The percentage of Israeli-Arab youths who support volunteering for national service has fallen over the past two years, from 77 percent to 54%, a new poll to be released on Thursday states.

According to the poll, 43% of the Arab youths surveyed said they would volunteer for national service if the benefits were the same given to soldiers after finishing mandatory service. When asked if they would volunteer if the benefits included assistance with college tuition and housing, 53% said yes.

The University of Haifa survey was conducted by polling 401 Israeli-Arabs under the age of 23, 200 between the ages of 18 and 22 that did not perform in national service, 152 volunteers currently performing in national service, and 153 who have finished national service in recent years.

In spite of the drop in support, the report cites figures from the National Service Administration that illustrate a rise in the number of Arab youths volunteering for national service, from 240 in 2005 to 1256 in 2009.

National service is a system of civil service work, often implimented at schools and hospitals for Israeli youngsters who either opt out of army service or are found physically unfit to serve.

According to the University of Haifa survey, the rise in volunteering comes in spite of a “tough campaign” waged by the Arab High Monitoring Community and the Baladna Association for Arab youth, as well as Arab leaders’ condemnations of national service.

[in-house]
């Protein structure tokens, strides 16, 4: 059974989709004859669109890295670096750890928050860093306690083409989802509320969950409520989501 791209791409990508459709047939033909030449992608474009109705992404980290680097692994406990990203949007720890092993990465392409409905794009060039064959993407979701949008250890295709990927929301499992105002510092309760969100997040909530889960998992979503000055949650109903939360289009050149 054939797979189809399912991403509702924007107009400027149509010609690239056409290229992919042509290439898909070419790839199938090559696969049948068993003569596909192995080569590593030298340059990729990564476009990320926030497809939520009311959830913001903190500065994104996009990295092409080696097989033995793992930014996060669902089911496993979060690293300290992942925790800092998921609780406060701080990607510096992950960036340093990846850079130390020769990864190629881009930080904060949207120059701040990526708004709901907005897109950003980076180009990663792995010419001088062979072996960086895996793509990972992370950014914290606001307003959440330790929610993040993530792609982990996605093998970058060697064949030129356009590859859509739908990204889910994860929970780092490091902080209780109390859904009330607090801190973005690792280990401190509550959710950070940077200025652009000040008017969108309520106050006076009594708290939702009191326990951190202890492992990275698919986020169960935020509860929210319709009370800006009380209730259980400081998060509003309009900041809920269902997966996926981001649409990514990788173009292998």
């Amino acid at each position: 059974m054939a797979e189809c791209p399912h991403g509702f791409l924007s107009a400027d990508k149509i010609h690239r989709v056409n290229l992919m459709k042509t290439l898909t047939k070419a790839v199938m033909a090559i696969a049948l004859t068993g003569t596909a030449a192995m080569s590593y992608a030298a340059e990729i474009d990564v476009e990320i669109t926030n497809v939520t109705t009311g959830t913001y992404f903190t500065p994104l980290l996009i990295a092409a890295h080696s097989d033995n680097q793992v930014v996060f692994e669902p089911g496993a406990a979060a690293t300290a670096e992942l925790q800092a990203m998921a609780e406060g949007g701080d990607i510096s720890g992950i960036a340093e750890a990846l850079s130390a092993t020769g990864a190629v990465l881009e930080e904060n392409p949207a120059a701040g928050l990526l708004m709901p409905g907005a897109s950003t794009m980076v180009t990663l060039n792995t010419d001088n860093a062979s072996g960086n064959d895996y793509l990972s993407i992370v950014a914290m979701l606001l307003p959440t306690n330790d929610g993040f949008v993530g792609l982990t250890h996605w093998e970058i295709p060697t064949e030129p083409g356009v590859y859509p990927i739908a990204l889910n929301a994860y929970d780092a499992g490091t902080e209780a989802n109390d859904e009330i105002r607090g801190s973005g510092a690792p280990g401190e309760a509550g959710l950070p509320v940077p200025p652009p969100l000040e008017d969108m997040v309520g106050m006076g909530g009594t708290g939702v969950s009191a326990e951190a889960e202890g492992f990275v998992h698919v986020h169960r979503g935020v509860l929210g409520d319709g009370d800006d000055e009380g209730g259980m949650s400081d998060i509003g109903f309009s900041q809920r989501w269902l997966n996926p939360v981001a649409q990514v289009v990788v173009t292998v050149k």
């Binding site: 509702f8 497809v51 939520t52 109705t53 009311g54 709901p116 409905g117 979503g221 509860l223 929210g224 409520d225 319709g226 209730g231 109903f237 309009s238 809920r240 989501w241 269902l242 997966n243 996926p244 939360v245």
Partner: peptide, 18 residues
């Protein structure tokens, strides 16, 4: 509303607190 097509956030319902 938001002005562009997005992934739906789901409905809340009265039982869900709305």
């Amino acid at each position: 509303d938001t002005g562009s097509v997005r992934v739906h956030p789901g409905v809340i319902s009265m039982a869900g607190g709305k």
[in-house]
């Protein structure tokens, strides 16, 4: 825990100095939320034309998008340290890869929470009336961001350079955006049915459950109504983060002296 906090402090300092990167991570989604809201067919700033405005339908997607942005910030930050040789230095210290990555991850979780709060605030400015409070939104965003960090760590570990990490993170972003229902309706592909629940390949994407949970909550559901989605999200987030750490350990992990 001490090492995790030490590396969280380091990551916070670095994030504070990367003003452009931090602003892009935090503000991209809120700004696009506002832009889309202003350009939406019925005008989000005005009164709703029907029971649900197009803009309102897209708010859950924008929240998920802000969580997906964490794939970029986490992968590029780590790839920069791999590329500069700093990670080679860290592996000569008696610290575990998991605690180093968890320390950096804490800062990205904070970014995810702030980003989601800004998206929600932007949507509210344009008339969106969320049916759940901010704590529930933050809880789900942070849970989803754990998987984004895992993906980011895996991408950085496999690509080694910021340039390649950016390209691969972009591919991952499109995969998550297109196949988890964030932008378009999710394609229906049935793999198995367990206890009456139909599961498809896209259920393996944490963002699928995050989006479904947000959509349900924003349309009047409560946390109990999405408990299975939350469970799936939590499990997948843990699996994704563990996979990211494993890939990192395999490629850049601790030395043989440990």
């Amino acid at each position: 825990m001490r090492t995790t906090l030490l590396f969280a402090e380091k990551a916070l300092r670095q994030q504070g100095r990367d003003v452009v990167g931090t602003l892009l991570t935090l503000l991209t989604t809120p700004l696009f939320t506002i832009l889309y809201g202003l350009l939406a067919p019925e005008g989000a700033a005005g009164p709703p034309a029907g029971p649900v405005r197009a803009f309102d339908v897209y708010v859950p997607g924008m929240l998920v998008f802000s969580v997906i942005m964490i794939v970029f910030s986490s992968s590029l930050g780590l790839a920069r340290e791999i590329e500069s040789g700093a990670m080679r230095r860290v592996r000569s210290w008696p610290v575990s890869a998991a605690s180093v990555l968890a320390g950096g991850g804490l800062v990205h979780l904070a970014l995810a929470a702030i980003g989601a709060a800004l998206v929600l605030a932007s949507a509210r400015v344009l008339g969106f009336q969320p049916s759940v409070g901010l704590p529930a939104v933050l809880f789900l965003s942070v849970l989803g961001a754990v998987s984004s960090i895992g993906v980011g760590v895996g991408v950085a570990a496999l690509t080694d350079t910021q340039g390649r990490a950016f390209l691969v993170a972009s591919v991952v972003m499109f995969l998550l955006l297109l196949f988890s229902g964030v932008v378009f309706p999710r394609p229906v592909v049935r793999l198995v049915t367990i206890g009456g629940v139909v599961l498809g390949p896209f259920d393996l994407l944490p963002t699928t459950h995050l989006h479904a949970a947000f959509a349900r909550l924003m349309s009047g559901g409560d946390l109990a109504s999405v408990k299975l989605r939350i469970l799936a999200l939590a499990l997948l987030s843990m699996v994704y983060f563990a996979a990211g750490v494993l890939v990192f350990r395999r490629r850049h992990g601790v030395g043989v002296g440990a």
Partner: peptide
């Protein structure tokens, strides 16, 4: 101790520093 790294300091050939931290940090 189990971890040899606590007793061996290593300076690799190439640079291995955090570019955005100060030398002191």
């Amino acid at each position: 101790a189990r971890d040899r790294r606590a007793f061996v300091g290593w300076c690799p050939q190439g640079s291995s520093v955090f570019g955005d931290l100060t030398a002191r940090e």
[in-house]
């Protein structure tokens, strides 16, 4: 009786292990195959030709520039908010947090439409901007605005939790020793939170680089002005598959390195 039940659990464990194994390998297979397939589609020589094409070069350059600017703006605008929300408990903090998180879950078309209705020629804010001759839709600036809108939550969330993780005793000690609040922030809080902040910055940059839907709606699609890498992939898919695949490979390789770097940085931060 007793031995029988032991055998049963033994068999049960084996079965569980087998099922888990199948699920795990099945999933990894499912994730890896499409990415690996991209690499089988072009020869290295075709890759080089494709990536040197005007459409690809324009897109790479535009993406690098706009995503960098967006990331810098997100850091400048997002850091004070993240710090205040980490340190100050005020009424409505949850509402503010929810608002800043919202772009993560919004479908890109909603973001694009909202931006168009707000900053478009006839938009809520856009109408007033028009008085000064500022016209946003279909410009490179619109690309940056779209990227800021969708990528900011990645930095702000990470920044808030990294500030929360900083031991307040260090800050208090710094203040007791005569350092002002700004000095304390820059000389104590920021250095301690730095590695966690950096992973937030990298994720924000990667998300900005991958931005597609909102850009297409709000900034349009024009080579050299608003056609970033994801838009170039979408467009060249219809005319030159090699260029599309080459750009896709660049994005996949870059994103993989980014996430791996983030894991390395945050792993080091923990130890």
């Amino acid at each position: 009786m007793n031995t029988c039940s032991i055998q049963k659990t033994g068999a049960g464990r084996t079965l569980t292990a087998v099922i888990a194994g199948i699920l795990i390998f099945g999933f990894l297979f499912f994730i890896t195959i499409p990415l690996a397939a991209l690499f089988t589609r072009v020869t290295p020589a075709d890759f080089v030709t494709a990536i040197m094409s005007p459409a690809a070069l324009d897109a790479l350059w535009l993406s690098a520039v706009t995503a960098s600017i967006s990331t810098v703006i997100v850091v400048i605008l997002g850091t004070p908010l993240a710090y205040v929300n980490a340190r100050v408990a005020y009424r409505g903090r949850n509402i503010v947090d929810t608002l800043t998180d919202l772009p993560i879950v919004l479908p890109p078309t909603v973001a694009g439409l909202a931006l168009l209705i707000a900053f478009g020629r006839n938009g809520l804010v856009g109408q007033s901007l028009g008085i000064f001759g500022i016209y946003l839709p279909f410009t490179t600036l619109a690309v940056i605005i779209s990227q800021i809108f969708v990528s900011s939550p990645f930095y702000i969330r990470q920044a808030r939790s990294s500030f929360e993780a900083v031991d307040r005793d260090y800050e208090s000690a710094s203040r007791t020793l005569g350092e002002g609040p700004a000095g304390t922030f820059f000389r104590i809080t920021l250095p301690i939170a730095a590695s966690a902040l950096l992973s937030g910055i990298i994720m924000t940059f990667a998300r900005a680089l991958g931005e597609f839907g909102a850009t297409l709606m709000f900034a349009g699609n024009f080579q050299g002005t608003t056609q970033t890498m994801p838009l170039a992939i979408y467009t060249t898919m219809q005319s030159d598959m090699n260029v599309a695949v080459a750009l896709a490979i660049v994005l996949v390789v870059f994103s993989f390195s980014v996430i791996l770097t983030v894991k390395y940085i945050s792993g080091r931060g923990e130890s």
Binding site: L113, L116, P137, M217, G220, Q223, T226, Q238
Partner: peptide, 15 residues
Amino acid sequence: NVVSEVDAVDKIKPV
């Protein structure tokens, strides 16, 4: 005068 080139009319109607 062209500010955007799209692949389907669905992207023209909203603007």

The report will be presented at a conference to be held at the University of Haifa on Thursday, and will be attended by Minister of Science and Technology Daniel Herschkowitz, officials from the National Service Administration and Dr. Iman Ouda, manager of the Arab High Monitoring Committee’s campaign against national service.

In a letter to Prime Minister Binyamin Netanyahu on Wednesday, Education Minister Gideon Sa’ar encouraged greater Israeli-Arab participation in national service, saying that it could bring “a breakthrough in the relationship between Arab youths and the State of Israel.”

In his letter, Sa’ar says that in spite of the opposition of political leaders in the Arab sector, there is “a growing demand among Arab youths to volunteer inside and outside their communities.”

Sa’ar highlights how in addition to budgetary shortfalls, there is a shortage of available positions that keeps many youngsters unable to perform service, which is partly due to a rise in the number of minority youngsters who are looking to serve. The education minister also called for an increase in budgetary allotments for national service, and cited the contributions of the 3,136 volunteers who perform national service in the ministry each year.

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